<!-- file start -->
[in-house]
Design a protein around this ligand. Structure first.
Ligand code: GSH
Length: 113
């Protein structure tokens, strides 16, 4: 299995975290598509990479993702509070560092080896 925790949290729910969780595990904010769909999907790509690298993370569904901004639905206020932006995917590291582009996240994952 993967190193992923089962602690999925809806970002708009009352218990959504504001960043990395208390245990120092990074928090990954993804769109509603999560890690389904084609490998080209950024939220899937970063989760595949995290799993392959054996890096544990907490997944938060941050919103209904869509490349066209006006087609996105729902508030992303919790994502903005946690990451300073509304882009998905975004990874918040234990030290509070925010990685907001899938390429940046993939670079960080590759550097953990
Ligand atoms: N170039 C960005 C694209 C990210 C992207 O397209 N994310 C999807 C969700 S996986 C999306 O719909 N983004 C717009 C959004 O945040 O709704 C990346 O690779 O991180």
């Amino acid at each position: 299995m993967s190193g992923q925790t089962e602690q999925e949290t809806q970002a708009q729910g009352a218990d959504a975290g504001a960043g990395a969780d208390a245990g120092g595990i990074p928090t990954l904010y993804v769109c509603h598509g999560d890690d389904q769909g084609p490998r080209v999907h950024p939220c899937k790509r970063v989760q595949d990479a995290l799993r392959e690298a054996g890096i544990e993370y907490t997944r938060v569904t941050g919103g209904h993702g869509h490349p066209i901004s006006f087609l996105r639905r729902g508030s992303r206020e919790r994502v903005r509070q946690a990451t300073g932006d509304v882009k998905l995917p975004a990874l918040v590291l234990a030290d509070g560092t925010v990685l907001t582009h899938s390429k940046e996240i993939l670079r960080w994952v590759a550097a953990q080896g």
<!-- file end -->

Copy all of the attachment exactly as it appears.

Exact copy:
[in-house]
Design a protein around this ligand. Structure first.
Ligand code: GSH
Length: 113
């Protein structure tokens, strides 16, 4: 299995975290598509990479993702509070560092080896 925790949290729910969780595990904010769909999907790509690298993370569904901004639905206020932006995917590291582009996240994952 993967190193992923089962602690999925809806970002708009009352218990959504504001960043990395208390245990120092990074928090990954993804769109509603999560890690389904084609490998080209950024939220899937970063989760595949995290799993392959054996890096544990907490997944938060941050919103209904869509490349066209006006087609996105729902508030992303919790994502903005946690990451300073509304882009998905975004990874918040234990030290509070925010990685907001899938390429940046993939670079960080590759550097953990
Ligand atoms: N170039 C960005 C694209 C990210 C992207 O397209 N994310 C999807 C969700 S996986 C999306 O719909 N983004 C717009 C959004 O945040 O709704 C990346 O690779 O991180």
């Amino acid at each position: 299995m993967s190193g992923q925790t089962e602690q999925e949290t809806q970002a708009q729910g009352a218990d959504a975290g504001a960043g990395a969780d208390a245990g120092g595990i990074p928090t990954l904010y993804v769109c509603h598509g999560d890690d389904q769909g084609p490998r080209v999907h950024p939220c899937k790509r970063v989760q595949d990479a995290l799993r392959e690298a054996g890096i544990e993370y907490t997944r938060v569904t941050g919103g209904h993702g869509h490349p066209i901004s006006f087609l996105r639905r729902g508030s992303r206020e919790r994502v903005r509070q946690a990451t300073g932006d509304v882009k998905l995917p975004a990874l918040v590291l234990a030290d509070g560092t925010v990685l907001t582009h899938s390429k940046e996240i993939l670079r960080w994952v590759a550097a953990q080896g």